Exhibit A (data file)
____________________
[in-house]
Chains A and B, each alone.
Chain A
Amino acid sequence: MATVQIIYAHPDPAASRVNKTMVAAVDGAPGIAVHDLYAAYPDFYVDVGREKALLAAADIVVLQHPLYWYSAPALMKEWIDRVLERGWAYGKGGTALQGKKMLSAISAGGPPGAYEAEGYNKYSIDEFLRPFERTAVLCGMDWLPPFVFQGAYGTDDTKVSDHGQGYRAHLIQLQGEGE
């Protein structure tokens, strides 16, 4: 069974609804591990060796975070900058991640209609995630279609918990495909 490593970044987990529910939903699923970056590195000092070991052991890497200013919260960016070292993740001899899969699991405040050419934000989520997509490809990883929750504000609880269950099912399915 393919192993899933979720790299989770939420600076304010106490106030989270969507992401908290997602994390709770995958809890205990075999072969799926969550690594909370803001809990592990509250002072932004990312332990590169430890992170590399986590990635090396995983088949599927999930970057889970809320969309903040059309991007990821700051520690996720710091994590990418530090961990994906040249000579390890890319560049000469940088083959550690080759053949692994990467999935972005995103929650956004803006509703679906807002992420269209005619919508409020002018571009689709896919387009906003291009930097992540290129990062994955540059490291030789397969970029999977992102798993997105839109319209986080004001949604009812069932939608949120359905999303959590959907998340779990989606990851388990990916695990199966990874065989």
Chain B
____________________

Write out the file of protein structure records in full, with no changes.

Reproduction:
[in-house]
Chains A and B, each alone.
Chain A
Amino acid sequence: MATVQIIYAHPDPAASRVNKTMVAAVDGAPGIAVHDLYAAYPDFYVDVGREKALLAAADIVVLQHPLYWYSAPALMKEWIDRVLERGWAYGKGGTALQGKKMLSAISAGGPPGAYEAEGYNKYSIDEFLRPFERTAVLCGMDWLPPFVFQGAYGTDDTKVSDHGQGYRAHLIQLQGEGE
């Protein structure tokens, strides 16, 4: 069974609804591990060796975070900058991640209609995630279609918990495909 490593970044987990529910939903699923970056590195000092070991052991890497200013919260960016070292993740001899899969699991405040050419934000989520997509490809990883929750504000609880269950099912399915 393919192993899933979720790299989770939420600076304010106490106030989270969507992401908290997602994390709770995958809890205990075999072969799926969550690594909370803001809990592990509250002072932004990312332990590169430890992170590399986590990635090396995983088949599927999930970057889970809320969309903040059309991007990821700051520690996720710091994590990418530090961990994906040249000579390890890319560049000469940088083959550690080759053949692994990467999935972005995103929650956004803006509703679906807002992420269209005619919508409020002018571009689709896919387009906003291009930097992540290129990062994955540059490291030789397969970029999977992102798993997105839109319209986080004001949604009812069932939608949120359905999303959590959907998340779990989606990851388990990916695990199966990874065989």
Chain B